Friday, November 19, 2010

1989: A Lifechanging Year in Cinema For I Heart Sequels

Every so often there will be a year's worth of movies that leave an indelible mark on Cinema. From the last twenty years, think 1994, 1999, 2007. These are the years where even the lesser movies feel exhilirating and the event and prestige movies walk down the aisle hand in hand. My first experience with a year like that came in 1989, at the age of 10. Just take a look at these two posters and you'll know exactly what I'm talking about.



1989 was a banner year for films, both heady and action-packed. As a kid who was stuck in the middle of a rather odd custody battle, bouncing back and forth between family, friends, and being a ward of the courts, I was constantly searching for an escape. I knew at a very early age that I wanted to be involved with films in some fashion. It was what I loved, no two ways around it. In the midst of all the familial turmoil, I was encouraged to spend as much time at the movie theaters as possible. This was the perfect time for me to experience first-hand what would be a breakthough year and on the big screen.

The summer of 1989 is a good start for a discussion about my formative years as a movie geek. It was frontloaded with sequels to some of my favorite movies, as well as an ambitious big-budget spectacle taking its cues from a legendary comic book. As much as I have grown less and less fond of its charms, there's no denying that Tim Burton really swung for the fences with Batman. Big, bold and iconic was what was strived for and Burton and company achieved just that. While I prefer the even more overtly Burton-esque Batman Returns, I saw the original in the theater at least 4 times and could quote it offhand with the best of them. There's no surprise as to why it was the biggest money maker of the year.

As for those aforementioned sequels, God, could you ask for a better year when it came to the sheer volume of films released at that time. We will get into some of these in greater detail in the future (duh, look at the blog name), but check out some of the sequels we were offered to indulge in that summer and throughout the rest of the year. Indiana Jones and the Last Crusade, Lethal Weapon 2, Ghostbusters 2, Back to the Future Part II, Licence to Kill, The Karate Kid III, Star Trek V: The Final Frontier, Friday the 13th Part VIII: Jason Takes Manhattan (best teaser poster ever!), A Nightmare on Elm Street 5: The Dream Child, The Fly II, Halloween 5: The Revenge of Michael Myers, Fletch Lives, Police Academy 6: City in Siege. Sure there are some serious diminishing returns showing up here, but still, tell me that almost every one of those didn't guarantee an ass in the seat for its opening. Well, maybe not for Police Academy 6. I think I was the only person in the theater when I saw that one!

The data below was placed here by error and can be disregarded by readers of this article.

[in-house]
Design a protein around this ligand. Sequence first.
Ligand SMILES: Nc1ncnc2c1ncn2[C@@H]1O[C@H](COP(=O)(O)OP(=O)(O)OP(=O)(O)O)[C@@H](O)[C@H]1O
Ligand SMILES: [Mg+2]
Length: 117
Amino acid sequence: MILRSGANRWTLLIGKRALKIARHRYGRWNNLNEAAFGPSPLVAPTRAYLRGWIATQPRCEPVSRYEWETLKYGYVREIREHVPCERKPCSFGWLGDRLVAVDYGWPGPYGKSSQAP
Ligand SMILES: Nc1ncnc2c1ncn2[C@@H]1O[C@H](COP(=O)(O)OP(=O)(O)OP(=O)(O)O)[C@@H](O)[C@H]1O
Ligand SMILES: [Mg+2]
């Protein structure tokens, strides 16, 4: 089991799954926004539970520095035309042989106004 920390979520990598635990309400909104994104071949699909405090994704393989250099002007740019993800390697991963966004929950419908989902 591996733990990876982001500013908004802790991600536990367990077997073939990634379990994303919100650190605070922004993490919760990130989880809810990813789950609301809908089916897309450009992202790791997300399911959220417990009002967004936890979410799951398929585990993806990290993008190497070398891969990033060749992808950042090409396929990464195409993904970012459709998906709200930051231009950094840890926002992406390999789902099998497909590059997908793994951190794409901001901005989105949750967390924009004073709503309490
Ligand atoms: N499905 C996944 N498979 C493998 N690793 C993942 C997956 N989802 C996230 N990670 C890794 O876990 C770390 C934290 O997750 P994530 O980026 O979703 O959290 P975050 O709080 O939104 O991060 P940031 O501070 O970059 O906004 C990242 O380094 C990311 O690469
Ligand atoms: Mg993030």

Some of these films deserve better than the reputation they've earned throughout the years. Ghostbusters 2 may not be the equal of the original, but it isn't the unmitigated disaster everyone makes it out to be. Come on. "He is Vigo! You are like the buzzing of flys to him!" Back to the Future Part II is classic, Lethal Weapon 2 is the last good film in that series, Licence to Kill really gave Timothy Dalton a chance to kick serious ass as James Bond, and everyone but me agrees that Last Crusade is a classic (Hey, I'm a Temple of Doom guy). Even the so-called worst movie of the year isn't as bad as all that; Star Trek V is at least ambitious enough and feels much more in line with the lcassic TV show than the films that preceded it. I don't how it took the Razzie for worst movie when The Karate Kid III came out that year. Yeesh!

And while most of 1989's entries in my favorite horror series just stink on ice, I will always stand up for The Fly II as an example of a great horror sequel. It takes what it needs to as far as inspiration from the first film and then goes hog wild with its action-horror take on the characters. It's no Aliens, but it's a fun flick. All in all, it was an amazing year for big budget spectacle and for kids like me who wanted to go back for seconds, thirds, and more from the heroes of the 1908s. No wonder it was the first year in cinema history where all of the top 10 films cracked over $100 Million at the box office.

Beyond that though, 1989 was the year where I had a chance to experience the coming out of the American independent scene as it exploded onto the big screen. Again, I was encouraged to see whatever I wanted, with or without parental supervision. The fact that all of these new films were assured wide theatrical releases meant that I got to see them at a time when most of my peers still clamored for Satruday morning cartoons and not much else. Four films that year were responsible for my interest in digging as deep as I could to find the weirdest, most off-the-cuff films out there.